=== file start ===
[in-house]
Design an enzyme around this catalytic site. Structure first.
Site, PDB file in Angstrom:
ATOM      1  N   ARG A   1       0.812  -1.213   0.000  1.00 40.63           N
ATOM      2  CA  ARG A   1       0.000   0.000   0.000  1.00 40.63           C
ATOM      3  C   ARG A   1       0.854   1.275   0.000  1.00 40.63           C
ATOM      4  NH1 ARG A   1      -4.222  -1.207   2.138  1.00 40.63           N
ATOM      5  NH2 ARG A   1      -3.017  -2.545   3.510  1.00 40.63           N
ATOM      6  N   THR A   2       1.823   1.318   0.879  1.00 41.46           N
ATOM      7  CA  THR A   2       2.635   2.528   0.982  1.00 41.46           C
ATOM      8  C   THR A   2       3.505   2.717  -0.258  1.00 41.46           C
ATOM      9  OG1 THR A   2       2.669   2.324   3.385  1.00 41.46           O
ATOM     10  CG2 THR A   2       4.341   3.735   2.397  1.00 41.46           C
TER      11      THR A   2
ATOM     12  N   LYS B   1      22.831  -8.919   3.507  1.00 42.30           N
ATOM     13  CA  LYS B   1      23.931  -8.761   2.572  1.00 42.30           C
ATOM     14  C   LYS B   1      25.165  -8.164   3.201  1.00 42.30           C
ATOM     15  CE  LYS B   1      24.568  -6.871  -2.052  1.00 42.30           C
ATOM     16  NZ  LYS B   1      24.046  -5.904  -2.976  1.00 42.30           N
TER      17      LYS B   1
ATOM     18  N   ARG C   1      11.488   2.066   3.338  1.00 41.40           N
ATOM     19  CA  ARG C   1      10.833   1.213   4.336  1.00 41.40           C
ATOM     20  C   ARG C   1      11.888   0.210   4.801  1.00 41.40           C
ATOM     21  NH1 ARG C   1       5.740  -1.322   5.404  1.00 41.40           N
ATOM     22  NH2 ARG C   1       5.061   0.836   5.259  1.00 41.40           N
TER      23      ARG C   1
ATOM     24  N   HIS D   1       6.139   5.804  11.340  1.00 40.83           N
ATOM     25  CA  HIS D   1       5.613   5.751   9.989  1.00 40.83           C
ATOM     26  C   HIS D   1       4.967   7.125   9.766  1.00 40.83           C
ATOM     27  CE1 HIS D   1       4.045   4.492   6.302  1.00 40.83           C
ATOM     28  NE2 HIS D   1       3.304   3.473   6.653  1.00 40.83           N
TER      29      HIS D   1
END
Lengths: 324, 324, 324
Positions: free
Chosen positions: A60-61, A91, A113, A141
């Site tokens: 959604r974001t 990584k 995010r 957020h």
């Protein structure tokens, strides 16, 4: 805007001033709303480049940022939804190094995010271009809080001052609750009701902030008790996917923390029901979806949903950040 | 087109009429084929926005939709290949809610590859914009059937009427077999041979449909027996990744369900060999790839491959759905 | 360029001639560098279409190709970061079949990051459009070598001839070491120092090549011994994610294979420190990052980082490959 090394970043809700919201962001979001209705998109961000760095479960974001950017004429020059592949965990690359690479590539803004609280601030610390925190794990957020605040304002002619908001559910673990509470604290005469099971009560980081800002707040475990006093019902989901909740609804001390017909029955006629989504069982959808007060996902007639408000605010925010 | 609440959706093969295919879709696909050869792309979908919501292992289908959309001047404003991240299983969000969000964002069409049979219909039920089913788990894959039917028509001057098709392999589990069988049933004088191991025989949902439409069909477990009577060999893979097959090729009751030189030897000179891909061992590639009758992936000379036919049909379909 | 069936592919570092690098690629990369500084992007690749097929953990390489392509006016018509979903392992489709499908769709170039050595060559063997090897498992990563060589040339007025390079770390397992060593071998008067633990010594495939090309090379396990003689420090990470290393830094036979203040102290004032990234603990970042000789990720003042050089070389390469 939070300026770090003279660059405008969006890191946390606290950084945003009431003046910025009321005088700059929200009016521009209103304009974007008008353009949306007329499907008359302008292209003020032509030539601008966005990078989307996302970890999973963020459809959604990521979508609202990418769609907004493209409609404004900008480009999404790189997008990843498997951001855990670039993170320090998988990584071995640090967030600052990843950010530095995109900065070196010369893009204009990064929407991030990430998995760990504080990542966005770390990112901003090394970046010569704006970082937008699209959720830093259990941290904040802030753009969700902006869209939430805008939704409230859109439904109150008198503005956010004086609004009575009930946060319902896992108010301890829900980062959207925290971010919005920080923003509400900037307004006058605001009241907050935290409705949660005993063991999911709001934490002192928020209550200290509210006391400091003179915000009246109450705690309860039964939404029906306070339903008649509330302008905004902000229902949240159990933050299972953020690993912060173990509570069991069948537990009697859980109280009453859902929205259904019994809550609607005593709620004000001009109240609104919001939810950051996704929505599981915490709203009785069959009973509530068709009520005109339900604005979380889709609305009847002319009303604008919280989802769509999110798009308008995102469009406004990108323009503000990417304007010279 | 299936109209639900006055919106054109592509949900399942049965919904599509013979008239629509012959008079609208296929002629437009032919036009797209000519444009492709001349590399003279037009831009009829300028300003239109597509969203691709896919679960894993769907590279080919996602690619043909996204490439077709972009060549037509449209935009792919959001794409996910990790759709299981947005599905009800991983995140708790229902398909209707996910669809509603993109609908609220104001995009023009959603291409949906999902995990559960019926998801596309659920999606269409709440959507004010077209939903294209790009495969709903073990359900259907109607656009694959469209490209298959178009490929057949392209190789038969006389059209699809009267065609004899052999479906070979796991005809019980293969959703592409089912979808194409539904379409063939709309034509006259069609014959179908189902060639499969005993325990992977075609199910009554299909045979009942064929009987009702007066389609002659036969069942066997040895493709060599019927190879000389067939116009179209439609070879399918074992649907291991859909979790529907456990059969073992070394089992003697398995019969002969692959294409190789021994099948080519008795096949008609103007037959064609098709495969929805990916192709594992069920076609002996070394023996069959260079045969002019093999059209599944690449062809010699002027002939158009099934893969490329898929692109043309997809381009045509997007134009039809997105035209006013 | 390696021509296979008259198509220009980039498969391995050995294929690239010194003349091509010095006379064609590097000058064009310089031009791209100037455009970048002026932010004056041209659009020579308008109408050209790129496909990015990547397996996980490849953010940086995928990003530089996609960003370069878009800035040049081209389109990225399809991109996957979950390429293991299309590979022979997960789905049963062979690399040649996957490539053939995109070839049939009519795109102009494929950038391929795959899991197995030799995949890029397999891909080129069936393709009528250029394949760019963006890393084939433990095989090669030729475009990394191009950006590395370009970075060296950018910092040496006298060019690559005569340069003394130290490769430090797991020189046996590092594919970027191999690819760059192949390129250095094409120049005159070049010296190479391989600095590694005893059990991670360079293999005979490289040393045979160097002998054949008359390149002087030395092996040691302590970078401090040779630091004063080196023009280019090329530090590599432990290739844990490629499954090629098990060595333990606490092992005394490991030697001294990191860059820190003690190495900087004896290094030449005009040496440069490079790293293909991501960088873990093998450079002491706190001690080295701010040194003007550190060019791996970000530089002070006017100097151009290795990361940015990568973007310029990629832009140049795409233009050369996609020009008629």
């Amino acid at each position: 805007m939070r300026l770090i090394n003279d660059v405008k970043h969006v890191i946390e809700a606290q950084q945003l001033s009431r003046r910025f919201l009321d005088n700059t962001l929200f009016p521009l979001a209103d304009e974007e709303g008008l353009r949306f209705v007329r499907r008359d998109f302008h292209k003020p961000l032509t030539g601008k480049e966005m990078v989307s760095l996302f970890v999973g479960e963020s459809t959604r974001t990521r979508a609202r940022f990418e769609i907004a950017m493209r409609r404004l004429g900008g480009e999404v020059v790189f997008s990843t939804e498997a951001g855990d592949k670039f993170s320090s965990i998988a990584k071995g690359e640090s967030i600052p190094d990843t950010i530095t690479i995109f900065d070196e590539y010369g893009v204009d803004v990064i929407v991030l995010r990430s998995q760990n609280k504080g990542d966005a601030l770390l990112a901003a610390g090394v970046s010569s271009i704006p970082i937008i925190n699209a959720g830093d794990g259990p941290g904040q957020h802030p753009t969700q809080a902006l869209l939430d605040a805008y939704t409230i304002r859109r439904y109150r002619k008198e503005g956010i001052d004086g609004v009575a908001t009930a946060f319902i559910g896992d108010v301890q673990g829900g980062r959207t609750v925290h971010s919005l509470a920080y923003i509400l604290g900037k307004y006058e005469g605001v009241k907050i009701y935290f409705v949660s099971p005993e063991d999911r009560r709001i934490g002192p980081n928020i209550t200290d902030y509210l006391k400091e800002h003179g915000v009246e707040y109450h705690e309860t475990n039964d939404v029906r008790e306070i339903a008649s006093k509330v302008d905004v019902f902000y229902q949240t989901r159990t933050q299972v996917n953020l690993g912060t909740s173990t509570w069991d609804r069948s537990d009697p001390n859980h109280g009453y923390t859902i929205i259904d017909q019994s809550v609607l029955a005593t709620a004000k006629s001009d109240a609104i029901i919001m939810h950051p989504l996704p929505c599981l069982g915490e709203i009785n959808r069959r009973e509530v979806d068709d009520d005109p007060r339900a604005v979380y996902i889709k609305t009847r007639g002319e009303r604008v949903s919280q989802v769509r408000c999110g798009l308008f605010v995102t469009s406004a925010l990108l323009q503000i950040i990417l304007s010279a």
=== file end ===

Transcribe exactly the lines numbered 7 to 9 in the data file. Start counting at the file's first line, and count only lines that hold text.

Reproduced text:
ATOM      4  NH1 ARG A   1      -4.222  -1.207   2.138  1.00 40.63           N
ATOM      5  NH2 ARG A   1      -3.017  -2.545   3.510  1.00 40.63           N
ATOM      6  N   THR A   2       1.823   1.318   0.879  1.00 41.46           N